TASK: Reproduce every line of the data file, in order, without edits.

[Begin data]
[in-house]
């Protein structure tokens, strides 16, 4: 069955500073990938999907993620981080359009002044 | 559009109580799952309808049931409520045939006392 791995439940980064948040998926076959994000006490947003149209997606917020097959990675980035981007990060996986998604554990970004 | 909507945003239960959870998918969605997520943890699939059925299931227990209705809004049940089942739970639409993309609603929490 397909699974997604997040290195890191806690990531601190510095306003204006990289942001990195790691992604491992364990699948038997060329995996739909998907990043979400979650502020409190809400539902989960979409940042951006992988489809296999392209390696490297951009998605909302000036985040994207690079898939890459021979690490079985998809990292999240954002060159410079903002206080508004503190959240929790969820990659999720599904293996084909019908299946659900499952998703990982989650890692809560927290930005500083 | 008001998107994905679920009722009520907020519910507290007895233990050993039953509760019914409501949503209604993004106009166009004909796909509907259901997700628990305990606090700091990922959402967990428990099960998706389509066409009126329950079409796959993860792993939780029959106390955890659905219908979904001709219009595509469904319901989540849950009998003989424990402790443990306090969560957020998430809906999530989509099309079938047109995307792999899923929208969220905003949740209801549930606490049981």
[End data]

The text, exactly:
[in-house]
């Protein structure tokens, strides 16, 4: 069955500073990938999907993620981080359009002044 | 559009109580799952309808049931409520045939006392 791995439940980064948040998926076959994000006490947003149209997606917020097959990675980035981007990060996986998604554990970004 | 909507945003239960959870998918969605997520943890699939059925299931227990209705809004049940089942739970639409993309609603929490 397909699974997604997040290195890191806690990531601190510095306003204006990289942001990195790691992604491992364990699948038997060329995996739909998907990043979400979650502020409190809400539902989960979409940042951006992988489809296999392209390696490297951009998605909302000036985040994207690079898939890459021979690490079985998809990292999240954002060159410079903002206080508004503190959240929790969820990659999720599904293996084909019908299946659900499952998703990982989650890692809560927290930005500083 | 008001998107994905679920009722009520907020519910507290007895233990050993039953509760019914409501949503209604993004106009166009004909796909509907259901997700628990305990606090700091990922959402967990428990099960998706389509066409009126329950079409796959993860792993939780029959106390955890659905219908979904001709219009595509469904319901989540849950009998003989424990402790443990306090969560957020998430809906999530989509099309079938047109995307792999899923929208969220905003949740209801549930606490049981």